UNC Charlotte wastewater testing detects coronavirus

Image via UNC Charlotte

CHARLOTTE – UNC Charlotte announced a residence hall is undergoing testing for COVID-19 following wastewater detection of SARS-CoV-2, the virus that causes COVID-19.

The University’s wastewater testing has detected the presence of SARS-CoV-2, the virus that causes COVID-19, in its routine sampling in one residence hall.

UNC Charlotte is not identifying the residence hall for the privacy of its residents, but all residents and staff of the hall have received information directly from Housing and Residence Life.

Per established protocols, all residents are required to remain in the building until they can be tested for COVID-19 on Friday afternoon.

The university says all residents of the building are required to remain in place except to pick up to-go meals, accept meal delivery and attend medical appointments.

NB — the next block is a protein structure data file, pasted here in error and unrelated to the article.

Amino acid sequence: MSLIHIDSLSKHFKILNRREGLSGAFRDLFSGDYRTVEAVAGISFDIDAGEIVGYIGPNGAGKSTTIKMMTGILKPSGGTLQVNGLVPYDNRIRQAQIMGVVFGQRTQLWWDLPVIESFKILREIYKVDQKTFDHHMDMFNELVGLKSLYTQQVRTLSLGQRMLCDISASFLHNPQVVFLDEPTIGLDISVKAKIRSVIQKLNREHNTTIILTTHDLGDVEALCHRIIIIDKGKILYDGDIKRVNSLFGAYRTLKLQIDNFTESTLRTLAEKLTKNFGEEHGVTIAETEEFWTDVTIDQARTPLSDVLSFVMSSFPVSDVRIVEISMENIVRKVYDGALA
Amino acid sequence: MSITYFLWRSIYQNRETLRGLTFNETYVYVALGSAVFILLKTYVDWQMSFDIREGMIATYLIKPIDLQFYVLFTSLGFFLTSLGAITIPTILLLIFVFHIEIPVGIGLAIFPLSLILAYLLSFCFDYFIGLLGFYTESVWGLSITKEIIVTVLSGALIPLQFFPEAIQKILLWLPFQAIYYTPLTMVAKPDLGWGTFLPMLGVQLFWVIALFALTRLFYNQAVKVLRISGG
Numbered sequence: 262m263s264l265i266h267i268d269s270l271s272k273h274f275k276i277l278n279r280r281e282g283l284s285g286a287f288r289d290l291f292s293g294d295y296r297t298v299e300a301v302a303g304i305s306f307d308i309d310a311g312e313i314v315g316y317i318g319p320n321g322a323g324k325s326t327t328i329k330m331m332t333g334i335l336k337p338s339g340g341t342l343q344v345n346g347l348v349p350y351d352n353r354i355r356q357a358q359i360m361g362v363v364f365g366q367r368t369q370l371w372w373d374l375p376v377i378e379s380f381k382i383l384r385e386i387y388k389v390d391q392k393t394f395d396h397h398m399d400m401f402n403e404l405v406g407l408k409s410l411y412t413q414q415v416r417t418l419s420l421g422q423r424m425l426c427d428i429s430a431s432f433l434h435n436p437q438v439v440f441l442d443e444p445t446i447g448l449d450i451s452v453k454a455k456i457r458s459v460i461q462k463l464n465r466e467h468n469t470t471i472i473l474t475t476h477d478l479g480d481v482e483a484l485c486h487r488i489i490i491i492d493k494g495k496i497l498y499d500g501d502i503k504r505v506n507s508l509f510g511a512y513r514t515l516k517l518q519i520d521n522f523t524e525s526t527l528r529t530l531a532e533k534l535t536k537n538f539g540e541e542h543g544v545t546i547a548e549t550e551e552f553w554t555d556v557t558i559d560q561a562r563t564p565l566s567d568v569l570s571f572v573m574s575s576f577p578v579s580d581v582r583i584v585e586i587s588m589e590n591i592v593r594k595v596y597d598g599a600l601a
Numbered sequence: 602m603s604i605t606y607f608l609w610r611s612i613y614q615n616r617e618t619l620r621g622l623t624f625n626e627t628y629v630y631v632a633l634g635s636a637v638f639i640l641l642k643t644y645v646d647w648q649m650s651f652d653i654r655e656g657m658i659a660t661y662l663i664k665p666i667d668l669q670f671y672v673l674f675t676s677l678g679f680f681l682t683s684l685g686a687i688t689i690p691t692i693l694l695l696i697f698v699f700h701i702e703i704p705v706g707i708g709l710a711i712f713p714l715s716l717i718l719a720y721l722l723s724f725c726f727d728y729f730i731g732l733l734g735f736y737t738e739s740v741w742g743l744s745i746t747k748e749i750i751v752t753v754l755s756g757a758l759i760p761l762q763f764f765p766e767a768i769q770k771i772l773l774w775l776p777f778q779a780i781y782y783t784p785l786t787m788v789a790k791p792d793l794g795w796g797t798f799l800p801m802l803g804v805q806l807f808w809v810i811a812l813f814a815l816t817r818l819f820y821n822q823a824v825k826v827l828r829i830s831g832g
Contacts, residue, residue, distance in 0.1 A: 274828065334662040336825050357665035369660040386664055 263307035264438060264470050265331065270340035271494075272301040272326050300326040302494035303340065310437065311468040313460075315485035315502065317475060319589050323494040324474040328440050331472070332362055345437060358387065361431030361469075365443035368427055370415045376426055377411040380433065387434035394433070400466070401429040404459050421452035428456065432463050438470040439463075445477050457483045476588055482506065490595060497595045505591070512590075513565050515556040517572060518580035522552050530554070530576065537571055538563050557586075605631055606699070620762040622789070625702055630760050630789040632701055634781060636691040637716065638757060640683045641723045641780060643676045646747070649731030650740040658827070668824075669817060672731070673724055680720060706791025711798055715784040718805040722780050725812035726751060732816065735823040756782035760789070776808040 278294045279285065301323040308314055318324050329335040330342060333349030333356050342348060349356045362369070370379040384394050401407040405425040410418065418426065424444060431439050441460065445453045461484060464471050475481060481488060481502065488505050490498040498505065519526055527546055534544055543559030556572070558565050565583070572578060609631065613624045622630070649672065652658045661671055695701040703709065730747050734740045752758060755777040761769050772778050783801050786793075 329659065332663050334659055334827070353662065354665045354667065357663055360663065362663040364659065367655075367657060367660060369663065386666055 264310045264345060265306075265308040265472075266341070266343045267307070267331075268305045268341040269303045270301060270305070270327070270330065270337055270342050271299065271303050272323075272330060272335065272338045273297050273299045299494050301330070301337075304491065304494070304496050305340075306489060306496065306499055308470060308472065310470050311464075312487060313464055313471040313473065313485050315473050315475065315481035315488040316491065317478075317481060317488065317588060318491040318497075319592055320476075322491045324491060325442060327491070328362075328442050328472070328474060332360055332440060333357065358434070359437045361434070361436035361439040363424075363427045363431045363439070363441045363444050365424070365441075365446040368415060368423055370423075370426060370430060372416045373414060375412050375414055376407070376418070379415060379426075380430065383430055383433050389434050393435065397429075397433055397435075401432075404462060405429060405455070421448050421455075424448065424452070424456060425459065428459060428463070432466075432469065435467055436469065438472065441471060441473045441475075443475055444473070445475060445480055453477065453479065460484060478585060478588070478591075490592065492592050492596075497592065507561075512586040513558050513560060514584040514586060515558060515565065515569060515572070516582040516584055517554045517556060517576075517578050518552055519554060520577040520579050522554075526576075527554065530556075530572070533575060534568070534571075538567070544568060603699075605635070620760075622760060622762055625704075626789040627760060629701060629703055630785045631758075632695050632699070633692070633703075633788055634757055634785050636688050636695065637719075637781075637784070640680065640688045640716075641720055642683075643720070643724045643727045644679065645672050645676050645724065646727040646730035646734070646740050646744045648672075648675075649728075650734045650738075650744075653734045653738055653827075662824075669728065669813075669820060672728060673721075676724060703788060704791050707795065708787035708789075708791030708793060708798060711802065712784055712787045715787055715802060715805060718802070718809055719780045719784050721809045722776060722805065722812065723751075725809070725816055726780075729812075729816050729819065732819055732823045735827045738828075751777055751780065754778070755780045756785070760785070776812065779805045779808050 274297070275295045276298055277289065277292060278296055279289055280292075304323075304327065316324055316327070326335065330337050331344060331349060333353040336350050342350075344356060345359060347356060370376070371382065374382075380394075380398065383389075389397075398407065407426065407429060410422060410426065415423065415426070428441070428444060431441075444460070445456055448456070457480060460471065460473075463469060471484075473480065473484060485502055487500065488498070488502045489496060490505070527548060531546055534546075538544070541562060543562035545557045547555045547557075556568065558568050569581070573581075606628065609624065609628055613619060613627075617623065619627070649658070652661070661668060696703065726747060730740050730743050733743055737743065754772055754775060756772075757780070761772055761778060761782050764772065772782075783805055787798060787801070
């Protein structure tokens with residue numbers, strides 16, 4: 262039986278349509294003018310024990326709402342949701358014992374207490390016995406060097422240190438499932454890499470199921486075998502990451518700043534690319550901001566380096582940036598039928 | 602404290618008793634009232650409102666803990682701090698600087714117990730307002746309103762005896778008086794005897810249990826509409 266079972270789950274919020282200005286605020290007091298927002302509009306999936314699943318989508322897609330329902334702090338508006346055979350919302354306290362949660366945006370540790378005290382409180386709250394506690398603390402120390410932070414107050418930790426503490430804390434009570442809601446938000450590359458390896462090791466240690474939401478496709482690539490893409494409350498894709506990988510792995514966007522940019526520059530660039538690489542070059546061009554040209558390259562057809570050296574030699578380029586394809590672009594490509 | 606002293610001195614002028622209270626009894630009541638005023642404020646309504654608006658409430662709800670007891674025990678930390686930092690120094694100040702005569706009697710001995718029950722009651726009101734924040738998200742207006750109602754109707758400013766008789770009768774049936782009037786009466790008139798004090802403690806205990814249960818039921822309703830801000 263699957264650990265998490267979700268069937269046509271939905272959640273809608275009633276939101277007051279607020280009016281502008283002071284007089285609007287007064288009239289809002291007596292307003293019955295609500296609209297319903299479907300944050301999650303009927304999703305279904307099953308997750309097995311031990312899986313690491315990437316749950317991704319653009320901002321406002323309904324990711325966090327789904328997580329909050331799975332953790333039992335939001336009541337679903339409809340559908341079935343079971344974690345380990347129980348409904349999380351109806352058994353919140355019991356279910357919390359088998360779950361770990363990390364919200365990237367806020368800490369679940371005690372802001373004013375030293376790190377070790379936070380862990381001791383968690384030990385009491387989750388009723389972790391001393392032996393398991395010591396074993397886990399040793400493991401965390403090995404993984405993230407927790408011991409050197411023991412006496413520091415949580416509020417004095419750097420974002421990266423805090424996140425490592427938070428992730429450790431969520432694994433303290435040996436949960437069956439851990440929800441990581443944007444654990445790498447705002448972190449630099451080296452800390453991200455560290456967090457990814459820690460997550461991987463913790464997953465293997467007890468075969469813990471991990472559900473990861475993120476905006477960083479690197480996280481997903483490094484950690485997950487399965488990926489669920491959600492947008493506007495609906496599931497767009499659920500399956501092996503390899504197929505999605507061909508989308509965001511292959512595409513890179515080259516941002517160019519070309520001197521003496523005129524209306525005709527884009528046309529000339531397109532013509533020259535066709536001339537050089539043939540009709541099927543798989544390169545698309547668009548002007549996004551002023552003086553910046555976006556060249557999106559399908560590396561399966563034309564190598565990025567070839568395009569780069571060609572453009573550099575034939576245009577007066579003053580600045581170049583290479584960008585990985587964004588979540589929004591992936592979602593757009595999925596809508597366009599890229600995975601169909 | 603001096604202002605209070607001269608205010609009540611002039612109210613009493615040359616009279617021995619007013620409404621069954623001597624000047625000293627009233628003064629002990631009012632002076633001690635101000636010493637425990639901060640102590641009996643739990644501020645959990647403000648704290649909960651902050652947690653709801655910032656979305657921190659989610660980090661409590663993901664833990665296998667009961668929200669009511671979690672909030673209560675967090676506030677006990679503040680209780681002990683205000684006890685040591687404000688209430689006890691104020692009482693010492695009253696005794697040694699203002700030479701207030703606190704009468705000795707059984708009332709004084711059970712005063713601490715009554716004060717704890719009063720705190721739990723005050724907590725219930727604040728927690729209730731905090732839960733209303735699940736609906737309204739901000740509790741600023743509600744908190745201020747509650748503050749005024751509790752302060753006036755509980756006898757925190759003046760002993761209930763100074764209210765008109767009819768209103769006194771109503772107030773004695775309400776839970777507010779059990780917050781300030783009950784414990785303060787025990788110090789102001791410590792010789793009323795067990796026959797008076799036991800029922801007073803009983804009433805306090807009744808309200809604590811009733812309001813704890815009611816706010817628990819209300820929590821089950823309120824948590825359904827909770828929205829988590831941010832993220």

At this time, no residents of the residence hall have reported symptoms of a COVID-19-related illness, and no additional residence halls are affected at this time, according to UNC Charlotte.

Residents will remain under this directive until their test results are returned approximately 24 hours after specimen collection. Those testing positive or identified as a close contact of anyone who tests positive will be placed in quarantine/isolation in accordance with the University’s on-campus quarantine/isolation protocols.

UNC Charlotte is using wastewater testing because studies have indicated it can identify the presence of SARS-CoV-2 days before symptoms appear.

Wastewater surveillance has been used in previous viral outbreaks. In 1962, Joseph Melnick, who worked at Baylor College of Medicine and was a pioneer in polio research, realized polio could be detected in wastewater and started sampling it.

That research prompted Melnick to push for a quicker use of the then-new oral polio vaccine, which helped stop outbreaks of the disease, said Anthony Maresso, an associate professor of molecular virology and microbiology at Baylor College of Medicine.

“So, we can learn from this lesson of history of the importance of doing such measures for public health interventions,” Maresso said.

The Associated Press contributed to this report.